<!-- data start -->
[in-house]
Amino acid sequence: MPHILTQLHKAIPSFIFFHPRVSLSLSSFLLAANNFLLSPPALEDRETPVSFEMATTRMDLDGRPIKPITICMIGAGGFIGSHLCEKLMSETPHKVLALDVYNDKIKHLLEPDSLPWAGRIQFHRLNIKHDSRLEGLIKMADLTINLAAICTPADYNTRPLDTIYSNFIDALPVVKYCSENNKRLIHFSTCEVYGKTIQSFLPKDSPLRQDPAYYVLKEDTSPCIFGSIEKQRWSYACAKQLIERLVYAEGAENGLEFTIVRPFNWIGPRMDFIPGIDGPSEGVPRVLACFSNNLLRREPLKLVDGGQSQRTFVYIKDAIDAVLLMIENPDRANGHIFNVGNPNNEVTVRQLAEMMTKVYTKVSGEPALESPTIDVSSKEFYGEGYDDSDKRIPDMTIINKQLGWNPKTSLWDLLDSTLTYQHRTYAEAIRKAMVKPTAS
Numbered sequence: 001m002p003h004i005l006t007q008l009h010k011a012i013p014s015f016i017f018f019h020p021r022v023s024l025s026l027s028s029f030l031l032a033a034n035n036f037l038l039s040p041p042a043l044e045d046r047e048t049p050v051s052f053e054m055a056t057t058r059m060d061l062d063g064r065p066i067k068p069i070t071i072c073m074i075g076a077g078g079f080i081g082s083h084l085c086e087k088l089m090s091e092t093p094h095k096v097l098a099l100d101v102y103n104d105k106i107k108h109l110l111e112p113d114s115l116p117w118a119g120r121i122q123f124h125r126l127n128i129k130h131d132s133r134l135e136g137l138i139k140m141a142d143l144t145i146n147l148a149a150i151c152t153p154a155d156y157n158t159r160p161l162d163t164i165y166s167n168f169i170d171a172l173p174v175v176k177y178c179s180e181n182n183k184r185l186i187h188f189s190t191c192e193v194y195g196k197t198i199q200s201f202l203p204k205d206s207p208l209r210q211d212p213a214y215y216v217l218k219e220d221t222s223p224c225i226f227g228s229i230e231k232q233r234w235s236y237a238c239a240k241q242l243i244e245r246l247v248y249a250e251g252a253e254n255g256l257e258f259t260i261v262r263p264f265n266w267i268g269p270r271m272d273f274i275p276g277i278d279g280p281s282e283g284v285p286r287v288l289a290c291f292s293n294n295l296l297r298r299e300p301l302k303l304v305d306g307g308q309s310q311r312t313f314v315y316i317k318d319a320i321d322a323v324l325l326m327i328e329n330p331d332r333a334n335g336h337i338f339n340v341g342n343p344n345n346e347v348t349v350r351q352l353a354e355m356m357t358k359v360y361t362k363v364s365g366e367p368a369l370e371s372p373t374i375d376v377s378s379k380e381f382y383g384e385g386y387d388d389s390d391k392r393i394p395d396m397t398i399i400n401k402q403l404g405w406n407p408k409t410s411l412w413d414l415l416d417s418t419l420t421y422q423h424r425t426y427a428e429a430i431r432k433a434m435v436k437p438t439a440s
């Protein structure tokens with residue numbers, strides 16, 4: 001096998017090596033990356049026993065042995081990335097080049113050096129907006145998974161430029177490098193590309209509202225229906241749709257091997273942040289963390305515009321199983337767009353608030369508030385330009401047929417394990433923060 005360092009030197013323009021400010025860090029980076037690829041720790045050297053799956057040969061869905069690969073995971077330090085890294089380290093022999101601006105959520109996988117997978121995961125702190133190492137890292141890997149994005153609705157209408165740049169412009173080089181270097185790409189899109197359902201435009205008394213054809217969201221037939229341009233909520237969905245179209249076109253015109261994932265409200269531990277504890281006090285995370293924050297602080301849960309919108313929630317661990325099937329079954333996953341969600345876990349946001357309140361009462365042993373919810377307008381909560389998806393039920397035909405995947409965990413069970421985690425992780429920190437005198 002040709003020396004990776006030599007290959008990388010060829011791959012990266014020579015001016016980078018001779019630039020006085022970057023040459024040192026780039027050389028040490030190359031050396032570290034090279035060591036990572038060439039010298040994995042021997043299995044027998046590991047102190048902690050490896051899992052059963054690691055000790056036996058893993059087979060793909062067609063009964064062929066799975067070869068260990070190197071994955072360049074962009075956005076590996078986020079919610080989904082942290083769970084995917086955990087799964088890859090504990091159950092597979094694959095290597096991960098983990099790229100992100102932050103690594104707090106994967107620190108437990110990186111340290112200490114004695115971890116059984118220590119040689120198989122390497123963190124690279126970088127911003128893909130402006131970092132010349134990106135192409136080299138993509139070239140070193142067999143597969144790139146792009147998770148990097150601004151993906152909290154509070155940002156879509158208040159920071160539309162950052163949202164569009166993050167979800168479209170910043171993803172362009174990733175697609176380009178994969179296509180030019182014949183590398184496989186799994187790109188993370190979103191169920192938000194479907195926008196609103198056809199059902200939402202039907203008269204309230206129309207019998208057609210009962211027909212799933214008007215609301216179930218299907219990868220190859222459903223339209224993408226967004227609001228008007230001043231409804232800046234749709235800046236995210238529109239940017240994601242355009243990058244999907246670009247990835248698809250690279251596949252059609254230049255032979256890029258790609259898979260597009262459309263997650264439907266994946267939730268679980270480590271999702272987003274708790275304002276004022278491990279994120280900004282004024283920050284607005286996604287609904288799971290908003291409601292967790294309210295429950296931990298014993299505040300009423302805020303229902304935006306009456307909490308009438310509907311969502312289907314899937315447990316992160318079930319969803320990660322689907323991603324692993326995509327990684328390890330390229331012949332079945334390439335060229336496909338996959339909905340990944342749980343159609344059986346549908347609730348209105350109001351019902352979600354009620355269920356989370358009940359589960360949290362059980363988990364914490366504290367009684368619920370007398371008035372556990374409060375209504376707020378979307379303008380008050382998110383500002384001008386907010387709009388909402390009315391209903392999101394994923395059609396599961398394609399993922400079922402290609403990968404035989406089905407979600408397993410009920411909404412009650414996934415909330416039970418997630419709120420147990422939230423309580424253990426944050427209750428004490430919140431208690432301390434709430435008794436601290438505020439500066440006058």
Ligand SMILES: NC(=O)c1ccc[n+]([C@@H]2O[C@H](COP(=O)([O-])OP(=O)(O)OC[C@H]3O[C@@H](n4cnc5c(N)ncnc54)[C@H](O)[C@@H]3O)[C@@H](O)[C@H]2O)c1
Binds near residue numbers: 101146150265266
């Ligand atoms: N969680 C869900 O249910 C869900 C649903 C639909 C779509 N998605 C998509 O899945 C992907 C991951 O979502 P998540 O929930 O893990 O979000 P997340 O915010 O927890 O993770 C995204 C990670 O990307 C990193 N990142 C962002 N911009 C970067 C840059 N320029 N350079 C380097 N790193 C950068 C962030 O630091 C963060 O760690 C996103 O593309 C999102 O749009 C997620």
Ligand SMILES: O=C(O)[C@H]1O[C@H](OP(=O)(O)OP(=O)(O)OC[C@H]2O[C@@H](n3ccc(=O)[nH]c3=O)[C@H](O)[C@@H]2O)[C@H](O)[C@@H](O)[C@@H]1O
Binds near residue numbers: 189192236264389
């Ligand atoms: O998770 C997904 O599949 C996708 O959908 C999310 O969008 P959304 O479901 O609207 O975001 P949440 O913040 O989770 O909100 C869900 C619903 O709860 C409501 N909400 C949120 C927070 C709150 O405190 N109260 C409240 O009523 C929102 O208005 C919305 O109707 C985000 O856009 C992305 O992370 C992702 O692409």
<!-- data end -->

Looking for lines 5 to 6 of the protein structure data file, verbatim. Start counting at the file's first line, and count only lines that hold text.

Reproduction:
Ligand SMILES: NC(=O)c1ccc[n+]([C@@H]2O[C@H](COP(=O)([O-])OP(=O)(O)OC[C@H]3O[C@@H](n4cnc5c(N)ncnc54)[C@H](O)[C@@H]3O)[C@@H](O)[C@H]2O)c1
Binds near residue numbers: 101146150265266